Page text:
Sunday, January 30, 2011


Buried under mountains of snow these last few weeks has not been easy. The simplest tasks have become very complicated as I try to navigate the deep paths in my Queens, NY neighborhood, carved out at least knee-high in most places!
The entire neighborhood has to walk single file!
Wonder what is buried under there? These snow piles are as high as a bus! My neighbor claims her garbage from Christmas is still deep inside. Spring will be such a lovely mess. On top of it all I have been dealing with a wicked cold that has kept me weak and shivering.
 To help manage my cold symptoms these tangerines got juiced. So yummy! Too bad all of these squeezed barely yielded a cup of liquid. geesh!

In the mood for some sustenance I decided to make a hearty soup featuring the whole grain quinoa. My idea was to feature its nutty flavor with the added help of some meaty red kidney beans.
I built the soup up starting with sweating some aromatic vegetables. The quinoa gets rinsed and then toasted with the vegetables to emphasize the flavor of the grain. Vegetable stock and crushed tomatoes are used for the liquid. I wanted the seasoning to be rich but not over-powering. I added a fair amount of paprika for depth, a bay leaf for a pine-y fragrance, a pinch of chipotle chili powder for a little smoky-ness and some thyme for a woodsy note. The soup simmers for about half an hour. At the end I added some green beans and spinach for a burst of color and freshness.

As a condiment for the soup I decided to make a red pepper and shallot puree.
Roast the vegetables till tender and puree in a food processor. So simple and so good!
The soup came out great. Just what I was looking for to bring some comfort and strength on a cold snowy winter day. The broth had a deep earthy flavor and the red pepper puree was a sweet bright addition to round this dish out.
Stay warm!

Quinoa and Red Bean Soup with Roasted Red Pepper Puree
 The aromatics:
2 Tbs. Olive oil
1 onion minced
S & P to taste
2 cloves garlic minced
1 Carrot chopped
3/4 cup quinoa rinced 
the spices:
 1 bay leaf
 2 Tbs. Paprika
1 teaspoon thyme
1/2 teaspoon Chipoltle Chili powder

1 small potato cubed
1 15oz can red kidney beans
the liquids:
1 quart vegetable stock
1 cup chopped canned tomatoes
the green vegetables:
1/2 cup green beans cut into bite sized pieces (substitute broccoli, zucchini)
1/2 cup cooked spinach (substitute chard, kale, any leafy green)
Juice of 1/2 lemon
In a soup pot heat the olive oil, add the onions and a little salt and pepper. Sweat the onions at a low temperature until they soften a bit. Add the garlic and the carrot and continue to sweat the vegetables for 5 or 6 minutes. Turn up the heat and add the quinoa, stirring frequently till the quinoa begins to get a little bit golden in color, about 10 minutes. Add the spices, the potato, the kidney beans and the liquids and bring to a boil. Lower the heat top a simmer and allow the soup to cook for 30 minutes.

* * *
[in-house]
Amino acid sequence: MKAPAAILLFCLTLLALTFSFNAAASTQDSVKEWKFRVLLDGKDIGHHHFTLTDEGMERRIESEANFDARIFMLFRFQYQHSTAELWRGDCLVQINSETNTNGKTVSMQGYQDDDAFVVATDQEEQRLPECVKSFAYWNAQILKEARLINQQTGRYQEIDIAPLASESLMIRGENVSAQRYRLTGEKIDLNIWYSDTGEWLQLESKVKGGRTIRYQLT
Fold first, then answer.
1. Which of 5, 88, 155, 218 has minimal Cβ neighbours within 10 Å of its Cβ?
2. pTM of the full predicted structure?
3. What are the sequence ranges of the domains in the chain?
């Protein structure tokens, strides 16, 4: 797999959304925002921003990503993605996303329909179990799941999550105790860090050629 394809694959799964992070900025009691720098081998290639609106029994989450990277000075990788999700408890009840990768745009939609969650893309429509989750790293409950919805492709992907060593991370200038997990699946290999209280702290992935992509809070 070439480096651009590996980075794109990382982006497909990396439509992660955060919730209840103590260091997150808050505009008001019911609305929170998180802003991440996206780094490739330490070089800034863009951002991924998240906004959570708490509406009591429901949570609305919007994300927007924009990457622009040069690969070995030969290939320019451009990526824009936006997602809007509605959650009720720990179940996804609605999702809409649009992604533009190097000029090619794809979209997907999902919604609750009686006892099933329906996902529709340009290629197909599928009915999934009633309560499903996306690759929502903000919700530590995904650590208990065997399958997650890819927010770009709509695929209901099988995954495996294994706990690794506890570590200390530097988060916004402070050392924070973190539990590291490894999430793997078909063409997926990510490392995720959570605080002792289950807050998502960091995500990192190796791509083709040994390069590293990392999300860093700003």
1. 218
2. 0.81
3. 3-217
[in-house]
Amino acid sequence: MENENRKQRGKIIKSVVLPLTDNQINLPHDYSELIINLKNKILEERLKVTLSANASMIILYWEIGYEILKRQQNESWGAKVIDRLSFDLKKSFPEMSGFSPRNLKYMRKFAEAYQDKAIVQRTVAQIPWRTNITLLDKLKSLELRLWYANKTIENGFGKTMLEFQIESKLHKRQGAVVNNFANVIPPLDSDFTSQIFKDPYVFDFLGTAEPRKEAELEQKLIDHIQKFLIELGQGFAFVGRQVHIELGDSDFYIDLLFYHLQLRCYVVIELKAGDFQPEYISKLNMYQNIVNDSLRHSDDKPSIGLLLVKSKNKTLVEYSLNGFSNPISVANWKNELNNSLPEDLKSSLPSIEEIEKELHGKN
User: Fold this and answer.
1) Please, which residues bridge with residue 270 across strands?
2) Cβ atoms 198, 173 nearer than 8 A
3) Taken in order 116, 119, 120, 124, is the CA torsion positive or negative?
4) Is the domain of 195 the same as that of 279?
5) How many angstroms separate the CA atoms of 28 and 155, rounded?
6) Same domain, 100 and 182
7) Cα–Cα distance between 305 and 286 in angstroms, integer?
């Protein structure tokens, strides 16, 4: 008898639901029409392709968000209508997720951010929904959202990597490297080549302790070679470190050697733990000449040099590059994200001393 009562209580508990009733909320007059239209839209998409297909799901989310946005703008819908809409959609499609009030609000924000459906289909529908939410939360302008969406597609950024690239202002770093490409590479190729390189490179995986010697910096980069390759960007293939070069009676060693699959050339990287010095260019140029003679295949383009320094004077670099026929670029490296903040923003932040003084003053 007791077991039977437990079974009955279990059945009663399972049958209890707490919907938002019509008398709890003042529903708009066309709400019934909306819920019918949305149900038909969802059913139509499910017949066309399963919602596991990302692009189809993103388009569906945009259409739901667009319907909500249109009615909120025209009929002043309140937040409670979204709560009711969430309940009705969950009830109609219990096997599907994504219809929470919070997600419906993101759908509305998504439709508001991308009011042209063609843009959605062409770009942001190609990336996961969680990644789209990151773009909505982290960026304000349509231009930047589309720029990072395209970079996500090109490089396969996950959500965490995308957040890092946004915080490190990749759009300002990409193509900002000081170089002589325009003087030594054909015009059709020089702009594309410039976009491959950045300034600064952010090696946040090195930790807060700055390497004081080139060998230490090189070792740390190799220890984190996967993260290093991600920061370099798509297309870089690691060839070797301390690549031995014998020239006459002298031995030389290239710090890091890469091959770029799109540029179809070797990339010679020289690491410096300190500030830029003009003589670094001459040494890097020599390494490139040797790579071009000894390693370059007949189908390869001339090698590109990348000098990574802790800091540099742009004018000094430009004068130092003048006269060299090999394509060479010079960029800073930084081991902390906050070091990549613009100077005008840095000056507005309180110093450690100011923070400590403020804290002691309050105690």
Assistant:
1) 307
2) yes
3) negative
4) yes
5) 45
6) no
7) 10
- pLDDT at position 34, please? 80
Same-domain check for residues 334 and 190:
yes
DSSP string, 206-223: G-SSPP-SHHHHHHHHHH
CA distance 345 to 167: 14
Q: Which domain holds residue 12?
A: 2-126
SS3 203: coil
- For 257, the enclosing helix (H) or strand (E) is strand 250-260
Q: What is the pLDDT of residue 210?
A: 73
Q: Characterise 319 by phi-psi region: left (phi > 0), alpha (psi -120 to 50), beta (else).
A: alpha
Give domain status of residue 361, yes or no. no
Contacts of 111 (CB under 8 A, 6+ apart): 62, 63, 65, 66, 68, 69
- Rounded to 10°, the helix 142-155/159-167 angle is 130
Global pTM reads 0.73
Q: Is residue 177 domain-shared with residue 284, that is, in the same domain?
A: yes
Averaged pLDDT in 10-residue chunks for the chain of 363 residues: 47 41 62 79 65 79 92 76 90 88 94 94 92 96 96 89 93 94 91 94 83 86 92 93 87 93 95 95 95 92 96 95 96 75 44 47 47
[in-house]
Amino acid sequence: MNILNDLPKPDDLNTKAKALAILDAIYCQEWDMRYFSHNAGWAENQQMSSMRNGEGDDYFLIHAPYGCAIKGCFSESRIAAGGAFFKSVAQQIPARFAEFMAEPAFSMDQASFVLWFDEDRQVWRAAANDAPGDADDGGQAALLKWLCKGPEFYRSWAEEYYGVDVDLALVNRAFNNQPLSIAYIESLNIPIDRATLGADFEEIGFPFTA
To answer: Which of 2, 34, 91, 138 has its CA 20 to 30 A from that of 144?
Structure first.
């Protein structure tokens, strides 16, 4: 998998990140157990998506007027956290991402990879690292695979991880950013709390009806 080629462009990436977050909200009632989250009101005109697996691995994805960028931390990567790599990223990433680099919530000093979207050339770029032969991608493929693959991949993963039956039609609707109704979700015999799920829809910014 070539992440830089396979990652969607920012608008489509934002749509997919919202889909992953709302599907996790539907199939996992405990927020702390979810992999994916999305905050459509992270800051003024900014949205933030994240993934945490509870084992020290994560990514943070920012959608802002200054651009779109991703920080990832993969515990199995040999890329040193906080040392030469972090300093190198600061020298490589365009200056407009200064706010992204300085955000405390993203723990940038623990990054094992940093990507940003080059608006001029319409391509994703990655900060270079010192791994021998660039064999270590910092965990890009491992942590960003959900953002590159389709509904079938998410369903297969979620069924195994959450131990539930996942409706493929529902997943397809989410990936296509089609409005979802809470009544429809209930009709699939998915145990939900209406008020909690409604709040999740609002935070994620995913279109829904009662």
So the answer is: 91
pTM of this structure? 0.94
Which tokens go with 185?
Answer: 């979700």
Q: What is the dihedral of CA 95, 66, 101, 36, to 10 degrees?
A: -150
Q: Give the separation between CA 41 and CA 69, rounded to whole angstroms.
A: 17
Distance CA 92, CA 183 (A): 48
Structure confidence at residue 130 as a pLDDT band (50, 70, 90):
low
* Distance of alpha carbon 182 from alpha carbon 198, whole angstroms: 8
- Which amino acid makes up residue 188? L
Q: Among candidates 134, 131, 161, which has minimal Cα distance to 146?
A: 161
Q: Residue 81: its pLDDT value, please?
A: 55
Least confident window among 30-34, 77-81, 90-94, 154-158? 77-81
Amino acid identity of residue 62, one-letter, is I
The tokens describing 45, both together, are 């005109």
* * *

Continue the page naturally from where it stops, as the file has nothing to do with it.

Add the green vegetables and the lemon juice and simmer for 5 more minutes till vegetables are tender. Taste to adjust seasonings.
Serve with the red pepper puree.

Roasted Red Pepper, Shallot and Jalapeno Puree
-This very versatile puree will keep in the fridge for a week. Serve with soups, stews, roasts, or on toast!
1 red pepper
3 jalapenos 
1 shallot, peeled
1 Tbs. Olive oil
2 teaspoons water
pre-heat oven to 400 degrees.
Cut the red pepper into strips and lay on a baking sheet with the jalapenos, left whole and the shallot, cut in half. Toss with 1 Tbs. of the olive oil and bake for 20 minutes till tender. Allow to cool, then transfer to a food processor and while the machine is running add 1 Tbs. olive oil and the 2 teaspoons water to create a smooth paste. Salt and pepper to taste.
I think if it didn't snow another day all winter, there would still be snow on my lawn till May. My lawn is small, and the snow which has amassed there from shovelling my sidewalk, walkway and driveway is about up to my shoulders now. My kids of course love it. Me, not so much. To them it is the equivalent of having Mt. Everest right outside our window. It provides endless hours of adventure for them. So, for that, I can deal with it...
What I love about Deb's recipes is that they inspire me to think "outside the box". I love to cook quinoa - I have used it in veggie burgers, cold summertime quinoa "salads", and warm wintertime dishes. However, I can honestly say it never occurred to me to use it in a soup. I'm not quite sure why. The soup looks scrumptious, and is so wonderfully healthy!Gotta love that!
I love the flavor profile Deb describes with all the smoky, earthy flavors! A rustic wine would be my choice with this soup, something from France perhaps. A wine we featured at the shop this week immediately jumps to mind. It is a Cotes du Rhone from Jean Luc Colombo - Les Abeilles 2007. A blend of Grenache, Syrah and Mourvedre, it combines flavors of berries, spice, licorice with a hint of leather. It's very food-friendly (and wallet friendly at $9.99).
A wine from Corbieres, in the Languedoc Roussillon region of France is another great match for Deb's recipe. Chateau de Vaugelas Corbieres Le Prieure is a blend of Carignan, Grenache and Syrah. Velvety and fleshy on the palate, the wine exhibits beautiful chocolate notes as well as licorice, dark fruit and spice. The Vaugelas is $11.99.
Both of these wines are great bargains from the south of France. A bowl of Deb's soup enjoyed with a glass of either wine or something similar, would certainly warm up any cold winter's night!

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